Paula Deen is Not a Racist Y’all

Me and Paula hanging out in her gift shop in historic Savannah, Georgia.
Me and Paula hanging out in her gift shop in historic Savannah, Georgia.

I’ve never met Paula Deen, but this I know: She is not a racist. I write this post on the heels of yesterday’s breaking news–that Food Network will not be renewing her contract.

Paula Deen’s Hashbrown Casserole

Like many of her fans, I too am from the South, her native state of Georgia. We share a love for Southern comfort food, seafood and the coast. For years, I’ve cooked from her cookbooks, eaten at Savannah’s The Lady and Sons, visited her gift shop and looked forward to Saturday mornings when I could sit down and learn from her as I watched Food Network. I’ve spent many an hour in the kitchen following her recipes and laughing with my Grandma over how long it took me to bake her lemon cake, and how easy they made it look on TV. I can’t count the number of times I’ve eaten a delicious cake or herb-roasted pork tenderloin with the family, and upon that first bite of pleasure uttered the words, “It’s a Paula Deen recipe,” as everyone tasted in agreement. I’ve read her book It Ain’t All About the Cooking and have found myself in her as I admired her rags-to-riches story. I’ve tasted some of the best food I’ve ever put in my mouth from Paula Deen’s Southern Cooking Bible. Paula Deen is a nationwide household name. As fans, we feel a connection to her, relate to her and associate good memories with her food and her name.

Just this week before the news was revealed, I made known my ambitions to cook with Paula on her Best Dishes Food Network show. She has been a huge inspiration for me in the kitchen and without her, I wouldn’t be the cook I am today. Paula paved the way for many Southern TV food personalities that have come and are coming after her. For that, I’m thankful.

I believe Paula Deen is a kind-hearted, generous and caring woman. Her fans–black and white–are loyal. Those that know and love Paula admire her courage. I believe her apologies were sincere. When reading the fan’s reactions to the news on Food Network’s Facebook wall just yesterday, one comment said it all: “Leave my Paula alone. Yes, I am African-American.”

Paula, Michael, Jamie and Bobby…if any of you read this, know that this morning we sit around our breakfast tables saddened. We’re wondering how this will affect Jamie and Bobby’s Food Network shows, how we’ll ever be able to watch the network again without hearing Paula’s laugh and seeing her familiar, friendly face. No matter what lies ahead, we love you all and will always be fans. Know that our thoughts and prayers go out to your family.

Paula Deen is not a racist, and that’s just the truth y’all.

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5 thoughts on “Paula Deen is Not a Racist Y’all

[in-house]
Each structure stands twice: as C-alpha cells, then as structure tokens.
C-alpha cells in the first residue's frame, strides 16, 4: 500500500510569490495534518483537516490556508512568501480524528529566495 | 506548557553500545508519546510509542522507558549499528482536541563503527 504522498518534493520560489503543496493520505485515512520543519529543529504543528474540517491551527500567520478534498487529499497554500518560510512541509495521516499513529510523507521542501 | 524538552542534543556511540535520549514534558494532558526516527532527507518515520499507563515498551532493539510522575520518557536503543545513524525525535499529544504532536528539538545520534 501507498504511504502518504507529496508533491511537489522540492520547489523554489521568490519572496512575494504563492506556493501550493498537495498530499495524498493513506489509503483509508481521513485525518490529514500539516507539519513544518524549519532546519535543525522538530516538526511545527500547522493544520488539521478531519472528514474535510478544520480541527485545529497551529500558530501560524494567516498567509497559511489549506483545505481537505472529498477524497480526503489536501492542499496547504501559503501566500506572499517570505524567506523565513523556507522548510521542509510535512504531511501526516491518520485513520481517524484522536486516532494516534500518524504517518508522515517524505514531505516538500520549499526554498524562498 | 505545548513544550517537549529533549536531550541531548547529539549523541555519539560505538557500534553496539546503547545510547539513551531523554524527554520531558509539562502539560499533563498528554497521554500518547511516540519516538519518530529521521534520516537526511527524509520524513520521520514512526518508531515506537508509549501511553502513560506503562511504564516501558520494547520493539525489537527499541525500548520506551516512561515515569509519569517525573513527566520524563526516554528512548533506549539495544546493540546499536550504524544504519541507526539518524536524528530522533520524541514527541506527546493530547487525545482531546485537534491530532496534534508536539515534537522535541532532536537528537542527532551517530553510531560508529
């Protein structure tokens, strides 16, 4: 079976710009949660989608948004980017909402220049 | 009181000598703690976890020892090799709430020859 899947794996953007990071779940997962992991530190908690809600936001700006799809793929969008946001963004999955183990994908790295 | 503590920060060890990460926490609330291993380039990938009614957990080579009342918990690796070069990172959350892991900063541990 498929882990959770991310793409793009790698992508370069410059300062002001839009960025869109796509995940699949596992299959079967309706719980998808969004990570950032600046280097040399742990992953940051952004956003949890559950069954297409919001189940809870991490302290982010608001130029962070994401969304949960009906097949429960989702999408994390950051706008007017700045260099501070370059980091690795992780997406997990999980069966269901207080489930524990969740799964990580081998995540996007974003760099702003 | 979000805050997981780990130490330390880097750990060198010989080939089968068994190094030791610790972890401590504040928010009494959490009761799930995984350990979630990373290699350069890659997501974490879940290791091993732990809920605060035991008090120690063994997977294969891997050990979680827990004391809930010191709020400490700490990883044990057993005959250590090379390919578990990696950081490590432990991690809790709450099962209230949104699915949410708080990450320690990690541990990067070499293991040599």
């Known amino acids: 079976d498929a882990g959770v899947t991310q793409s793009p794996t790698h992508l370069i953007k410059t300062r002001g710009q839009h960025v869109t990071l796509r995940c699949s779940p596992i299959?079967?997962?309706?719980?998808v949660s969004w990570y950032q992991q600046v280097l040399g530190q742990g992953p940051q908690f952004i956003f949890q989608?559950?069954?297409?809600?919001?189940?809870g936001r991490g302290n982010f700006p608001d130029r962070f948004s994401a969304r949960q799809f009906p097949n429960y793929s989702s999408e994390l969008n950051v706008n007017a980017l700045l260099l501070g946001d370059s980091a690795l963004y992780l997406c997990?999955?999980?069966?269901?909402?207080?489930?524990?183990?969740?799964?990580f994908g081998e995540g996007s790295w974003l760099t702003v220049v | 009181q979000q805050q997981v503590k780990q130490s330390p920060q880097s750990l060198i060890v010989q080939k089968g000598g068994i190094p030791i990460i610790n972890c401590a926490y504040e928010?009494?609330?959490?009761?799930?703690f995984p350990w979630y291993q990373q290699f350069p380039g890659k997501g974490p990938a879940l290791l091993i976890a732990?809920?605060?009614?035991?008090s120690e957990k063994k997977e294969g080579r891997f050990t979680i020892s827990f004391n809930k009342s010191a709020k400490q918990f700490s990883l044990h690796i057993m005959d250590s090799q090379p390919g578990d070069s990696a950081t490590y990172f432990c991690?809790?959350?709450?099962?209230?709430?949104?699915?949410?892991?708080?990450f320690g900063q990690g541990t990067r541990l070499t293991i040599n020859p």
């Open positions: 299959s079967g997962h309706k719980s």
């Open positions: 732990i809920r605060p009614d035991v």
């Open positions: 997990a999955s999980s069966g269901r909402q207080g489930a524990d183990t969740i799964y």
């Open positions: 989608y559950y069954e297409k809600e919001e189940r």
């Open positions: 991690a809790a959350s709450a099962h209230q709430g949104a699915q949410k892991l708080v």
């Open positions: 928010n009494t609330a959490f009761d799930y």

1. None of the things you mentioned––”We share a love for Southern comfort food”, “I’ve spent many an hour in the kitchen following her recipes”, etc.––have the least little thing to do with whether or not she’s a racist. Here’s what might have something to do with it: the fact that she admits to using the “N” word, and then says, “Things have changed a lot in the South since the ’60s”, implying she doesn’t use the word anymore. As a Southerner, that insults me, and it’s nothing but an excuse. I guarantee you not every Southerner used that word in the ’60s. The civil rights war was raging in those days. Which side was Paula Deen on?

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    1. Hi Daniel,

      Thank you for reading my post and for commenting. I understand where you’re coming from. The examples I used are intended to show my good belief in Paula Deen’s character. I respect that she admitted to using the “N-word” and chose to apologize rather than lie. I don’t believe for one second that Paula Deen is a racist, and those she employs in her restaurant and the guests she’s had on her Food Network show, for many years, are evidence of that.

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  2. I have met Paula. My husband moved to Savannah in 2000. Before we were married, visited him often there and then moved to Savannah. Paula brought “Gooey Butter Cake” to Barnes & Nobles to help sell her 1st cookbook. She appreciated the few people who dropped by – myself included. Back in those days you could still find the boys and her working at the restaurant. I would absolutely hate to think that I would be judged by something I said or did in 1986 and so I will not do that to someone.

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